Reading Level: Young Adult
Hardcover: 480 pages
Publisher: Greenwillow Books
Source: Provided by the publisher for an honest review (thanks HarperCollins)
Cover: This cover is exquisite. Her long flowing white gown and the frantic running through the garden. The castle in the background, powder blue against the yellow sky. The way the silver leaves and flower are entwined around the title. I love it!
First Sentence: "An hour before Azalea's first ball began, she paced the ballroom floor, tracing her toes in a waltz."
Mini-Review: Entwined is an enchanting fairytale full of the best kind of magic. It will leave you dizzy!
Azalea and her younger sisters dance in the mysterious silver forest every night, escaping from the sadness of the palace and their father's grief. What they don't understand--although as time passes they begin to get an inkling of the danger they are in-- is that the mysterious and dashing Keeper is tightening his snare with deadly purpose. Lush, romantic, and compelling, this debut novel by Heather Dixon will thrill fans of Shannon Hale, Robin McKinley, and Edith Pattou.
Reading Entwined was like following a favorite dance complete with graceful spins in the plot, characters leading like a perfect partner, music to set the atmosphere and a touch of magic to quicken the pace. It truly was like a re-worked fairytale and a delight to read. Filled with magical objects, a fun array of words and phrases, and a whole bunch of dancing, it was enjoyable ride from the first step to the final bow.
Azalea was a fun young princess who you couldn't help but root for. Though a bit naive, she was brave when the time came and she would do anything for her family. After dealing with the death of their mother, Azalea becomes even more in charge of the rest of her brood-- that is eleven other sisters-- without a single compliant. I loved that she was willing to fight for them, even when it meant facing the king, her cold and aloof father. Not being terribly graceful myself, I thought it interesting to follow a character who puts merit in grace and is the best dancer of her sisters. I loved that Azalea has a passion for dancing and it was reflected in the wording of the story and how she sees the world. I also thought Azalea's journey from the naive princess who is willing to put trust into everyone to strong young woman who puts trust in herself was an awesome one to take.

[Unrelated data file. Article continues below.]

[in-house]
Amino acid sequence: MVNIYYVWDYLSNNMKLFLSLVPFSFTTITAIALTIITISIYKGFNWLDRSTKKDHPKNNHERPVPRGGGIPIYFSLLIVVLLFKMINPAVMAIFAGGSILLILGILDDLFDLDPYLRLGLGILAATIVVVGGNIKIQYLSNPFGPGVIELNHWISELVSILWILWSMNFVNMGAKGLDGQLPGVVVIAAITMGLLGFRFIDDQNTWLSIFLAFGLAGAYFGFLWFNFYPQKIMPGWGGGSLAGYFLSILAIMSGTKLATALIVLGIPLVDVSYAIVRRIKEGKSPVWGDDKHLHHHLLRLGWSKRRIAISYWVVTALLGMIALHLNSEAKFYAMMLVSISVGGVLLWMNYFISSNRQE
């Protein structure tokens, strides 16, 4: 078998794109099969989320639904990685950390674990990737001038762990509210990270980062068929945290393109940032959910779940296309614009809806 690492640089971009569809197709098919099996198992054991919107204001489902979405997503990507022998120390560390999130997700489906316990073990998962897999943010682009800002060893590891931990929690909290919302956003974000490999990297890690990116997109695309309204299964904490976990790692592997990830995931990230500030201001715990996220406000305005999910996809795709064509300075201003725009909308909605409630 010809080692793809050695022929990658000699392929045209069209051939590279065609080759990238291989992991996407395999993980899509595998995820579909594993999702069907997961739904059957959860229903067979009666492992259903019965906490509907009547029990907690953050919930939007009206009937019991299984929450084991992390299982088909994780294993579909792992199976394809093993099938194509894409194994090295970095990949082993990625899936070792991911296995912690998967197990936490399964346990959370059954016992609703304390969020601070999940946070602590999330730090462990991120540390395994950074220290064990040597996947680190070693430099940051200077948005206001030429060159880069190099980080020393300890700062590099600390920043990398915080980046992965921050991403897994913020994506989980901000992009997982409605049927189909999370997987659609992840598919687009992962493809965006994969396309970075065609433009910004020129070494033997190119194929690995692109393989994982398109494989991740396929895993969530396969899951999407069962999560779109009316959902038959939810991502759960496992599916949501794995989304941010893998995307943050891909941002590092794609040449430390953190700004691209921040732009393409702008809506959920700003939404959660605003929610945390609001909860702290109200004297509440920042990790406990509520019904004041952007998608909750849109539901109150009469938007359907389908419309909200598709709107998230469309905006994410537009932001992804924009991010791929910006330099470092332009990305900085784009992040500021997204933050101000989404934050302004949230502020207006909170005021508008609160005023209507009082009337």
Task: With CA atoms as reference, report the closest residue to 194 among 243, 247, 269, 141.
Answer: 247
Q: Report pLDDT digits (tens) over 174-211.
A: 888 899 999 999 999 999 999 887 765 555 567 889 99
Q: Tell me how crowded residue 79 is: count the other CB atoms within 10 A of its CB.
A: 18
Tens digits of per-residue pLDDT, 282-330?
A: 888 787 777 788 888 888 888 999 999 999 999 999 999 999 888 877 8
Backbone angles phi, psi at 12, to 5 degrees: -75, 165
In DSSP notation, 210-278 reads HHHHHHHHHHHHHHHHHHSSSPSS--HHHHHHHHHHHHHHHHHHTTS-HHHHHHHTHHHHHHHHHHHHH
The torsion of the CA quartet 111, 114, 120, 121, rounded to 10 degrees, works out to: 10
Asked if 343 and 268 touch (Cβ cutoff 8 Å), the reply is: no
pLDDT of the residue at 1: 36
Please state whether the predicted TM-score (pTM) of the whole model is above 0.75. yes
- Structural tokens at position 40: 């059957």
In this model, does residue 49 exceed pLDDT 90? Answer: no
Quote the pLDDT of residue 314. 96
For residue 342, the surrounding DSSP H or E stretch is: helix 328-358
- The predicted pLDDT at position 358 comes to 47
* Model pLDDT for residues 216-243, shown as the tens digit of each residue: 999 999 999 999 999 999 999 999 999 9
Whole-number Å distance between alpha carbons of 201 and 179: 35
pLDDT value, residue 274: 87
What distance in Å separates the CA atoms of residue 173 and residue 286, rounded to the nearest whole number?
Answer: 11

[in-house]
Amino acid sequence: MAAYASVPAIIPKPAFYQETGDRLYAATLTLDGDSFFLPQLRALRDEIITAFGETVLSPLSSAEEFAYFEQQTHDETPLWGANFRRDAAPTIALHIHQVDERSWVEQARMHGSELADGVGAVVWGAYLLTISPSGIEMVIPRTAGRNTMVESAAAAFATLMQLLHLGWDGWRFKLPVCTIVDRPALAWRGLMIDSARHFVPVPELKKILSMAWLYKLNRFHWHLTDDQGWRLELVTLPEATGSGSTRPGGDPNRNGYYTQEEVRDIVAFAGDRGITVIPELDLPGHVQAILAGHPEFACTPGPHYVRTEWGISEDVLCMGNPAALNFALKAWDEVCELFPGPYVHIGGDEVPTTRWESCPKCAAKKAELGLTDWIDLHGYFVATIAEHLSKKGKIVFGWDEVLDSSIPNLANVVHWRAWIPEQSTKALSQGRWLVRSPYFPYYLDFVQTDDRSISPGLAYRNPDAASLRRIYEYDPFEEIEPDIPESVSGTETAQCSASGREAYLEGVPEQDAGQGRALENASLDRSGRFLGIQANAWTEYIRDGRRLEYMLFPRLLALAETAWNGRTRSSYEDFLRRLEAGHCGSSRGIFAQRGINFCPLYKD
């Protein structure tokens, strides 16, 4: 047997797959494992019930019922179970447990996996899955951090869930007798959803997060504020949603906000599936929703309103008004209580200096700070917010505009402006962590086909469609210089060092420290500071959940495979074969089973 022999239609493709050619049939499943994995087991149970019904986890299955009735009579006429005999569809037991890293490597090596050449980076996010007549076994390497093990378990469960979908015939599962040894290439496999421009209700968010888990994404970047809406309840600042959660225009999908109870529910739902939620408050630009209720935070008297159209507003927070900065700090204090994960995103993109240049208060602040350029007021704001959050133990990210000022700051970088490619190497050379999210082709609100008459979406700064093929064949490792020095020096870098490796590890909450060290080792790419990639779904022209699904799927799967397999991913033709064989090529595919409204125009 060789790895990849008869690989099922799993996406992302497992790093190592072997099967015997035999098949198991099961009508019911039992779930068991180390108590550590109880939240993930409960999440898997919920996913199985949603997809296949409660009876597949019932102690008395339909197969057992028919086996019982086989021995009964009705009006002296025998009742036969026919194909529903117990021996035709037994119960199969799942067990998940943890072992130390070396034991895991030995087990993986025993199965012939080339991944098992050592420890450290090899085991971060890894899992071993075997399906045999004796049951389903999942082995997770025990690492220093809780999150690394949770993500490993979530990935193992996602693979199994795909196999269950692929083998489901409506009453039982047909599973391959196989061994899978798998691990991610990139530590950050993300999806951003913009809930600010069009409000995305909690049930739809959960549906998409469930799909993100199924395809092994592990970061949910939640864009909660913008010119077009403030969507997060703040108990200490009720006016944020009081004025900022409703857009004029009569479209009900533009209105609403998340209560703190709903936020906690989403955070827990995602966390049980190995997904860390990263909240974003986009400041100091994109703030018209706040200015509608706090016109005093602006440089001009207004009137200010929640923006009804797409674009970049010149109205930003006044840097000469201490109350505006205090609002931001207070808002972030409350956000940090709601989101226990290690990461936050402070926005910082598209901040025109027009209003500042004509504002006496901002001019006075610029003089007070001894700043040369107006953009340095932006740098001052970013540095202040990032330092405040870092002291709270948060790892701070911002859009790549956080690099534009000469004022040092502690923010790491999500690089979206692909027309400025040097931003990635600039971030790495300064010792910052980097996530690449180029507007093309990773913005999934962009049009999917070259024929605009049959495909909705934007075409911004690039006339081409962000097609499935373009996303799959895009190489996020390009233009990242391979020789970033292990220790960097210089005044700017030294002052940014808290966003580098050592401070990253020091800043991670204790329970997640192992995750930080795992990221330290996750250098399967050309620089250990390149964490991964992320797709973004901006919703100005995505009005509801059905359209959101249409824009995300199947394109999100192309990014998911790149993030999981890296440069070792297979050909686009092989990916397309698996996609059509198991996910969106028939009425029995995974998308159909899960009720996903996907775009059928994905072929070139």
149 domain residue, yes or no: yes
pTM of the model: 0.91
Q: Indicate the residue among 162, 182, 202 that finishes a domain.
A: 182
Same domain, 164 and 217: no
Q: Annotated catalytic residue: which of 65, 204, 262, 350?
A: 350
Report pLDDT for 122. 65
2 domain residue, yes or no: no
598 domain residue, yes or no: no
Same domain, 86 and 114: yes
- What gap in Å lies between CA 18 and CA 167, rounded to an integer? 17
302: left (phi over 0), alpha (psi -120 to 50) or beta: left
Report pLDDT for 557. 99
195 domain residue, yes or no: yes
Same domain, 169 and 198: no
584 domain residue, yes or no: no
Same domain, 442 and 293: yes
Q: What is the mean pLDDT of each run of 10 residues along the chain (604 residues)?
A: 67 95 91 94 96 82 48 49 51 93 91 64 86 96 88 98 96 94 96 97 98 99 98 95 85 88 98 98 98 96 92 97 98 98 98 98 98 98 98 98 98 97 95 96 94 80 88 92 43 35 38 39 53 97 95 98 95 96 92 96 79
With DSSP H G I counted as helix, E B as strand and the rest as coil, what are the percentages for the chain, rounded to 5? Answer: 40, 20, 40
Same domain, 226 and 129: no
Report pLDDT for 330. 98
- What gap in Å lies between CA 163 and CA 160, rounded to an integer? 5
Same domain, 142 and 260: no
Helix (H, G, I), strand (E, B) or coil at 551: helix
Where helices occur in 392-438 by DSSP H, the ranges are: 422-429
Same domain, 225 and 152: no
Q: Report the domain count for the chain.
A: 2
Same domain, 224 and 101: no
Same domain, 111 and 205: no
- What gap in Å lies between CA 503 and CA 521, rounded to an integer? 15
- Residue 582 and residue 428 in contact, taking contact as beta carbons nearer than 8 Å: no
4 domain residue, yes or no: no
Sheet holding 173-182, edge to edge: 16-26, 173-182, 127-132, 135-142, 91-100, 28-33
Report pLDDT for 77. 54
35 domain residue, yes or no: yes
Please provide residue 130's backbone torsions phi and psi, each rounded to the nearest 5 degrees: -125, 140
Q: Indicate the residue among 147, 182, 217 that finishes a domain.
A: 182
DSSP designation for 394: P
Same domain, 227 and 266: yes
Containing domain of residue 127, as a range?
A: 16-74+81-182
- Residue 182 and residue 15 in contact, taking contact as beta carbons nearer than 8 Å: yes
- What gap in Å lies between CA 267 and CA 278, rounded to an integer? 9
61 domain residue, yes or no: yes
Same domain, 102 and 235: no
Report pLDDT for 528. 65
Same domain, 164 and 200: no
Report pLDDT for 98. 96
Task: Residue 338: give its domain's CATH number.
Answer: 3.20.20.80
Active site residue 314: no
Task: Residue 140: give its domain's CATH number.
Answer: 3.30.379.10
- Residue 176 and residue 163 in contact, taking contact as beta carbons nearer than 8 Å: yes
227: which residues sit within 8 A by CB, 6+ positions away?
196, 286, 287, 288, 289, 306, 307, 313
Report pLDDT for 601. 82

It was also really interesting that the author chose to make the girls poor even though they were the princesses. All of a sudden, royalty isn't about who had the most money but who had the most where it counted inside. The king was a good one, from a strong bloodline and as such ruled through a level head and not money and power. I also liked that instead of dealing with the usual dilemma of having to marry someone she didn't love because he was promised to be the next king, Azalea had some choice in her own destiny. There were different problems, not relying on the cliched arranged marriage plot.
The cast of sisters and the gentlemen that courted them were wonderful. I liked that even though there were a lot of sisters, by the end I could read a name and associate a personality without getting confused. For me, that shows a mastery at characterization from the author's standpoint which is especially impressive since this is a third person novel. Mr. Keeper was equally parts alluring with his silky smooth voice and black ensemble but also incredibly creepy at the right times.
I really enjoyed that this novel felt like one long fairytale. The simple way the author explained things, the short sentences for dialog, all lended themselves to make this feel like a once upon a time storybook and I adored this. Dixon was especially good a mixing in sweet elements like the ribbons and lace on the girls' dresses and following it with a creepy little story about how the past king used to drink the blood of young girls. The short creepy little stories really helped to balance out the beautiful scenes and let reader know that while there is magic, something isn't right just underneath the surface.
My only complaint is that the novel felt a bit long in the middle. I think had it been a little tighter, the pace wouldn't have been affected so much and the storybook feeling would have been more solidified.
Entwined is worth a look. It's different from the other fantasies as out there in that it has a simple elegance. Dixon truly writes like a ballroom dancer moves--they make it look easy and so does Dixon. Filled with magic, a bit of silver, and a cast of characters to cheer for, Entwined is a delight to read. I'd say you should definitely accept it's invitation to dance.